The late Wilbur Cohen, one of Medicare's chief architects, noted it wasn't a glitch that prevented the federal program from policing the practice of medicine, including its safety and quality. Rather, that was a design feature.
“Sponsors of Medicare, including myself, had to concede in 1965 that there would be no real controls over hospitals and physicians,” Cohen said. “I was required to promise before the final vote ... that the federal agency would exercise no control.”
Nearly a half century after Medicare's founding and 15 years after the Institute of Medicine's landmark report “To Err Is Human” ignited concerns about patient safety, the nation still doesn't have an effective set of regulations to protect people once they have entered the healthcare delivery system. Medicare's watchdog, HHS' Office of the Inspector General, recently said adverse events in hospitals contribute to about 15,000 deaths a month, and another 134,000 less-severe injuries.
And that's only an estimate, since state and federally mandated recordkeeping is spotty and hospitals' internal reporting systems capture only 13% of events, according to an inspector general report. And when patients complain, their concerns often end in bureaucratic paper trails and staff-training videos shown in hospital conference rooms, a troubling response in today's fiscal environment, as unnecessary medical errors add billions of dollars annually to healthcare spending.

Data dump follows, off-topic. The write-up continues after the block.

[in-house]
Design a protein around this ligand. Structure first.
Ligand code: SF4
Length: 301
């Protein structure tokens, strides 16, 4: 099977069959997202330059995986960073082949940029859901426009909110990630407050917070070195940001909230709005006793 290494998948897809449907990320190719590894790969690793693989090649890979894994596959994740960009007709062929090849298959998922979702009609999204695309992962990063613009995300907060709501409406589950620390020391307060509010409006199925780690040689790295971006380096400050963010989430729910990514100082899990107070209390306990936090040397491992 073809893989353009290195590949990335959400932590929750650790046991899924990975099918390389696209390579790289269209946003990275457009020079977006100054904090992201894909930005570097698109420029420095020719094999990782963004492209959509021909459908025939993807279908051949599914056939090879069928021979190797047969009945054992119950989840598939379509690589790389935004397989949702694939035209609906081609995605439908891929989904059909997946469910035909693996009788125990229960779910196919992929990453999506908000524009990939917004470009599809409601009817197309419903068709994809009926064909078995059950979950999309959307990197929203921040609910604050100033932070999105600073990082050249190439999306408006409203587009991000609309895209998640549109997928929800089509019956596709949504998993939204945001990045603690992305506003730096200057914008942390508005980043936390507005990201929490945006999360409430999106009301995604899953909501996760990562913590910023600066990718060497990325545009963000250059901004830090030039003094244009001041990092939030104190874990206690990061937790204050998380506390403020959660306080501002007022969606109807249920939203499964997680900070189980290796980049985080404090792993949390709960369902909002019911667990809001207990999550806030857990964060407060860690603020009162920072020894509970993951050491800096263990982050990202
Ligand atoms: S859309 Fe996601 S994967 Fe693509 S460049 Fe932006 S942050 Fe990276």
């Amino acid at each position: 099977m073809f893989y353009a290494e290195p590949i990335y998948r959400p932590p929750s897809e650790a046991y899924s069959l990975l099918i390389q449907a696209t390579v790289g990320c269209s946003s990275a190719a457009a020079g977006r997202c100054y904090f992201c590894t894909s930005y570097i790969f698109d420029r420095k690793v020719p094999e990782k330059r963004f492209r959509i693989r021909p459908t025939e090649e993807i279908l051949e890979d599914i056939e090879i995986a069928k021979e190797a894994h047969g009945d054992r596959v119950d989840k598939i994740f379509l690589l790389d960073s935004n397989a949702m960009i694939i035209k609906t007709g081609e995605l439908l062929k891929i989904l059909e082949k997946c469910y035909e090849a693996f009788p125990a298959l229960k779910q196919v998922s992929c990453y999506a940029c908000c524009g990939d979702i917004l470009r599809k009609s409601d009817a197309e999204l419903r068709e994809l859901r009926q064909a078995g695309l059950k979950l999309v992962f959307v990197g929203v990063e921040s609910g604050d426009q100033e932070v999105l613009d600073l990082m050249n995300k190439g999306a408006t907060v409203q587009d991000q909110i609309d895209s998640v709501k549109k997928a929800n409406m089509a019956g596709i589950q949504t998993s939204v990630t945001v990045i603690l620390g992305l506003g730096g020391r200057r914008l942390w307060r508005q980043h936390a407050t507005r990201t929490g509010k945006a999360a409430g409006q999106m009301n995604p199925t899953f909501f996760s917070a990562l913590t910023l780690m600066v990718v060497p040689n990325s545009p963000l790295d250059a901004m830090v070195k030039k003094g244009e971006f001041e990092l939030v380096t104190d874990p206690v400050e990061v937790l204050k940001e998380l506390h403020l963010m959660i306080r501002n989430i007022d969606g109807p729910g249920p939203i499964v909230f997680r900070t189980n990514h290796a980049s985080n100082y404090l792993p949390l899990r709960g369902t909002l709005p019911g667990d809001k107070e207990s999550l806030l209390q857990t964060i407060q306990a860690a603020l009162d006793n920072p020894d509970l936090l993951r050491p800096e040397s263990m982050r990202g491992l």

The lack of progress has led many safety advocates to call for more aggressive regulatory actions by the government, which picks up half the national healthcare tab. “We need the health equivalent of the Federal Aviation Administration, which sets the rules and then enforces them. And then the National Transportation Safety Board, which investigates accidents,” said Dr. Lucian Leape, the influential Harvard professor and an institute chairman at the National Patient Safety Foundation. “We need to have that in healthcare, and I don't see that happening.”